Not Getting A Feedback: You might be wondering why you are not getting feedback after you hit ‘send’ on the email with a resume attached or on the on-line job application. Keep reading this article to find out the reason you are not getting feedback after applying for an online job.
Waiting is excruciating, and experiencing radio silence while waiting is downright wicked but unfortunately, it isn’t unheard of. To calm your nerves, you should know that a career expert says there are a few objectives if any reasons an employer didn’t respond to your application.
Reasons For Not Getting a Feedback
Below are my top reasons you are not getting a feedback after applying for a job:
1. The job is filled
Sometimes, firms post job openings as a formality even after having an internal applicant in mind for the position. These employers often have company strategies that require them to post job openings to the public.
Some companies don’t remove job postings after they’ve been filled because a lot of times jobs get posted and then picked up by other job boards, so employers don’t always know where their job postings are. This is why it is important to apply as soon as you see a job you like.
2. The hiring manager was overfilled with applications
Some hiring managers don’t have the time to go through every job application they receive. This frequently happens when an employer receives hundreds of applications for a position but only has one person reviewing them.
3. You didn’t abide by the instructions given
Job postings state what applicants have to submit with their application. Candidates should follow these instructions to the letter, says ”Miriam Salpeter” job search and social media coach.
However, a lot of employers use job application instructions as a test to see how closely applicants read directions.
4. Your salary expectation were too high
Some states like Delaware, California and Massachusetts, have made it illegal for firms to ask job applicants about their salary history, but that ban isn’t in place nationwide. Many online systems won’t allow you to skip questions, which means having to put something down for your current salary.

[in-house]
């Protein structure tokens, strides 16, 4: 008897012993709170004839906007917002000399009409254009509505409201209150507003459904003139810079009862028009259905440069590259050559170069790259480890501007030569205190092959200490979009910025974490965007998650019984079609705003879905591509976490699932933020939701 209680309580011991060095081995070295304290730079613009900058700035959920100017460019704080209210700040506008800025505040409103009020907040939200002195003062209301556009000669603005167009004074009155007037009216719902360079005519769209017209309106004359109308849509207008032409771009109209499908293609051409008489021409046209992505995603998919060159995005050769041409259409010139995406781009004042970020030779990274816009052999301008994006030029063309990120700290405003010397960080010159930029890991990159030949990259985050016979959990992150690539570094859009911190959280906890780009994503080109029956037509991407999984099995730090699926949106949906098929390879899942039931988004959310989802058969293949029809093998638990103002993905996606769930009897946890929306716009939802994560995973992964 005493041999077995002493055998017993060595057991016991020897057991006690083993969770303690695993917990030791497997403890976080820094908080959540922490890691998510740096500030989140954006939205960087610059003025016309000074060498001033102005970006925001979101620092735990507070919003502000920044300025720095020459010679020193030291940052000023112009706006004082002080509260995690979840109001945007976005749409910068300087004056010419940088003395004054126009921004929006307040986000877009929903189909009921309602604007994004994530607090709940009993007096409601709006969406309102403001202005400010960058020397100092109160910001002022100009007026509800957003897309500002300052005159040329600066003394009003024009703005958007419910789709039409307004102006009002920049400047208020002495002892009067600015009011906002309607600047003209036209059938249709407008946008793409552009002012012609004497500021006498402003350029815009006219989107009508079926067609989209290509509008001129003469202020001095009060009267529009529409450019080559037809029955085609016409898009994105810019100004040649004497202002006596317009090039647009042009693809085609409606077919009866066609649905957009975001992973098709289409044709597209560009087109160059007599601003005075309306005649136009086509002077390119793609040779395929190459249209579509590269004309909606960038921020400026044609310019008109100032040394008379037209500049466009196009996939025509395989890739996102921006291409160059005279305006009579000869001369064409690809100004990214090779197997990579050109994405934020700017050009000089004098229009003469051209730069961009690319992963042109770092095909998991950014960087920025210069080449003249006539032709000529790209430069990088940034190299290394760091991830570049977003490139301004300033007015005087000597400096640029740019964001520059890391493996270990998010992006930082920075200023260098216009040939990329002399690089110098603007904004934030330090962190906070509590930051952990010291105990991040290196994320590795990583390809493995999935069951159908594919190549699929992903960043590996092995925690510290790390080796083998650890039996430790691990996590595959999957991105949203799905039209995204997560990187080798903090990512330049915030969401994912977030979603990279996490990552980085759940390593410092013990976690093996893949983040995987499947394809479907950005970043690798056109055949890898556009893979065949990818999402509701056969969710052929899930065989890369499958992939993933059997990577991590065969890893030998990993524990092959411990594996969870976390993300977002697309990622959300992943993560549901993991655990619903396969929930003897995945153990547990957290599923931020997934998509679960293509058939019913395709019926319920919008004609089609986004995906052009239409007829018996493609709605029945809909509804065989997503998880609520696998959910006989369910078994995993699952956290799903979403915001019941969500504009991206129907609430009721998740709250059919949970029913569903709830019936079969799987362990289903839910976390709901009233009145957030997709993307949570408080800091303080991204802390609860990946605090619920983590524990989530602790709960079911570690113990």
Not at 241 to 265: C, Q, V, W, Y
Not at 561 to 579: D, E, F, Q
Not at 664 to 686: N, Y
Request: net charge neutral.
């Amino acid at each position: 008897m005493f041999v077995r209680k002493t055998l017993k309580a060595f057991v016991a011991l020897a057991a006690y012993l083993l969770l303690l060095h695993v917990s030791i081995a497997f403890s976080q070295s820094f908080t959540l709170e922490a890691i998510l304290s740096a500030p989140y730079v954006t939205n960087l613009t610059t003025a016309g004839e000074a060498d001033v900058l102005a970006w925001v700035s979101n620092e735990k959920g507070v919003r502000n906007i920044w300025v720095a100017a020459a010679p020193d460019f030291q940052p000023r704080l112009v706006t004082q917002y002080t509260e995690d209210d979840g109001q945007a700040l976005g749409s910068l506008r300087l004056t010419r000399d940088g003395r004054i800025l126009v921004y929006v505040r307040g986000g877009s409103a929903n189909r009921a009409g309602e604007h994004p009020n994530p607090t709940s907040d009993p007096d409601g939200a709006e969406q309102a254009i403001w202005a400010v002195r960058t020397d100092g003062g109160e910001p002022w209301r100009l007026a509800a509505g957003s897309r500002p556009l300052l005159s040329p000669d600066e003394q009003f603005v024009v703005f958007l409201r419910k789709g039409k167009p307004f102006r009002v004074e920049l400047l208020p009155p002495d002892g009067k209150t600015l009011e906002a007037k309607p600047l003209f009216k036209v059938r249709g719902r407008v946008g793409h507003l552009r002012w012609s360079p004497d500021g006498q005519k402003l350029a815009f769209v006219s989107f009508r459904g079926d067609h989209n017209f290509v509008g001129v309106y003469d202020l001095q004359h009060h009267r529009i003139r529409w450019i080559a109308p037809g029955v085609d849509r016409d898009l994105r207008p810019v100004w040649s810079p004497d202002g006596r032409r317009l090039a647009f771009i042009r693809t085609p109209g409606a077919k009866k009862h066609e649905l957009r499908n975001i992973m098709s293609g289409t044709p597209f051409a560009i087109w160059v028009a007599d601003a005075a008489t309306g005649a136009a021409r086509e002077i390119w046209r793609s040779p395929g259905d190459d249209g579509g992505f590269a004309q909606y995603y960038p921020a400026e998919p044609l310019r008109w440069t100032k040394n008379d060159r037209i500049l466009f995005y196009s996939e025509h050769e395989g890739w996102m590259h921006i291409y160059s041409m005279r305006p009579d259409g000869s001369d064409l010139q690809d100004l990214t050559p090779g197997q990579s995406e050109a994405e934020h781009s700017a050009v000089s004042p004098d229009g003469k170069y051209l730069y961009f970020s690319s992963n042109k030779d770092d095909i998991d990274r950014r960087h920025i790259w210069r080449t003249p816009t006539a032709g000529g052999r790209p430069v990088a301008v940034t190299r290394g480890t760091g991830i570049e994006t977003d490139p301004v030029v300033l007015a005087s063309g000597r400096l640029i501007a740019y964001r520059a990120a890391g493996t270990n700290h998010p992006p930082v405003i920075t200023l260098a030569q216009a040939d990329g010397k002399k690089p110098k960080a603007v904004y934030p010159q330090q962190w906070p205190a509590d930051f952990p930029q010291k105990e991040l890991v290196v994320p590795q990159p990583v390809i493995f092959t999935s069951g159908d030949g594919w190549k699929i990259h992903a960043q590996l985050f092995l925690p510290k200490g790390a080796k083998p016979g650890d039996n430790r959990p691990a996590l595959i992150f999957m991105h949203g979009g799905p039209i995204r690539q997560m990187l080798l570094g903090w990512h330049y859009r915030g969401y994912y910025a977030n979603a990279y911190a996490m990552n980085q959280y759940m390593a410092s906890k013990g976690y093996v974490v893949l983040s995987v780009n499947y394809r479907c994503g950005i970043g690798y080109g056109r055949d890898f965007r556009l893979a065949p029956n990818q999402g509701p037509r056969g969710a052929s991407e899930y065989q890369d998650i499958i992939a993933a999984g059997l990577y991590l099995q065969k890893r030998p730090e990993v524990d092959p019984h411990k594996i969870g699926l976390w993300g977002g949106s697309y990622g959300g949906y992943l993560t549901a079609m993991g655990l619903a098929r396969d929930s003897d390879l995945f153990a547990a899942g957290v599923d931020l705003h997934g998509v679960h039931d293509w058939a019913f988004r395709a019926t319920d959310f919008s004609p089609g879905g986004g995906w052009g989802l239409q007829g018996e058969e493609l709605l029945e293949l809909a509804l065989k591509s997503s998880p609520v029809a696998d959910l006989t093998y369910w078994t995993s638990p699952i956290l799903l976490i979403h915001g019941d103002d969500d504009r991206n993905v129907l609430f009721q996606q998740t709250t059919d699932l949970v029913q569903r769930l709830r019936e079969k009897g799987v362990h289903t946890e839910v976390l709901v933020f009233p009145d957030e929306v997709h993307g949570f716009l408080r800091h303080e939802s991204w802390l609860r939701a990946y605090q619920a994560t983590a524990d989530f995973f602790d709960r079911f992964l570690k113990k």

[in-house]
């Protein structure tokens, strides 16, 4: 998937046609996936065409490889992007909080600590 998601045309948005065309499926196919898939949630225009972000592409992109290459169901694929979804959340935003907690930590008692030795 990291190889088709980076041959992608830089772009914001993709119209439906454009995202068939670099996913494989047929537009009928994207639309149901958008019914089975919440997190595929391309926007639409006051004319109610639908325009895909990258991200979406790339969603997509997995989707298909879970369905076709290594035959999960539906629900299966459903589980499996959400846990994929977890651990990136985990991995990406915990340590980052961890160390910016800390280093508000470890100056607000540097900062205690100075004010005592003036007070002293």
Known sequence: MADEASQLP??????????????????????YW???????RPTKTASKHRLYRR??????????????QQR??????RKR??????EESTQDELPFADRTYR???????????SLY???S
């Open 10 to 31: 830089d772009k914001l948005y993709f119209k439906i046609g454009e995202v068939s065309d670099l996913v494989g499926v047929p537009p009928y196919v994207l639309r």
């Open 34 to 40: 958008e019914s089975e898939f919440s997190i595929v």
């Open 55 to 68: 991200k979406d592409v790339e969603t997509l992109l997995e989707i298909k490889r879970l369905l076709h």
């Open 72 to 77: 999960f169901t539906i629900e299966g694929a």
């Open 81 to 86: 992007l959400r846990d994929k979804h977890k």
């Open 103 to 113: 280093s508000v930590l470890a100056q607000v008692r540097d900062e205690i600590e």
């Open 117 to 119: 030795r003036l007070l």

If your number is higher than the money the firm has allocated for the position, your application may not even reach the hiring manager’s desk.
5. Your resume wasn’t modified to the job description
Many employers today use applicant tracking systems (ATS) to vet assess applications. These software programs assess resumes by searching for specific keywords, which usually appear in the job posting.
To pass this first test, use the job ad as a guide. For instance, if the job posting says the employer is looking for an experienced professional who is ‘fluent in data analytics,’ use the phrase ‘fluent in data analytics’ (assuming you in fact are!) on your resume. The applicant tracking systems will pick up on the phrase and see it matches up with the job description.
6. You didn’t fit the position
This is the bitterest pill to swallow. In most cases, you won’t hear back from an employer because you simply weren’t a good match for the position or there was someone who was a better match than you were.
Get Noticed With This Tips
This is how the best applicants can get interviews and top tier job offers without even sending a resume.
1. Research interesting firms on social media.
Know who the recruiters are and follow them. Some recruiters will tweet new postings, so watch their streams and jump on anything for which you are qualified. If they also tweet news saying the company’s had a great quarter, retweet the news with a positive comment.
2. You should think of starting a blog.
It’s time to build a series of breadcrumbs leading to you. You should include the blog and links to any related posts, in your emails to recruiters with whom you’re working.
3. Get some professional help with your resume.
An SEO expert or resume writer can help you maximize your odds of getting through the talent management software. If you can’t take this step, read the top career blogs for advice.
4. Don’t wait until you lose your job before finding your next job.
I came to realize for many people this isn’t possible or might even be offensive, but your hope of finding the next job is best when you’re still employed.
Be visible, be optimistic, be informed about industry trends and news in your area of proficiency and be motivated. If you asked for feedback and still don’t get a reply, don’t pester the hiring manager. Move on.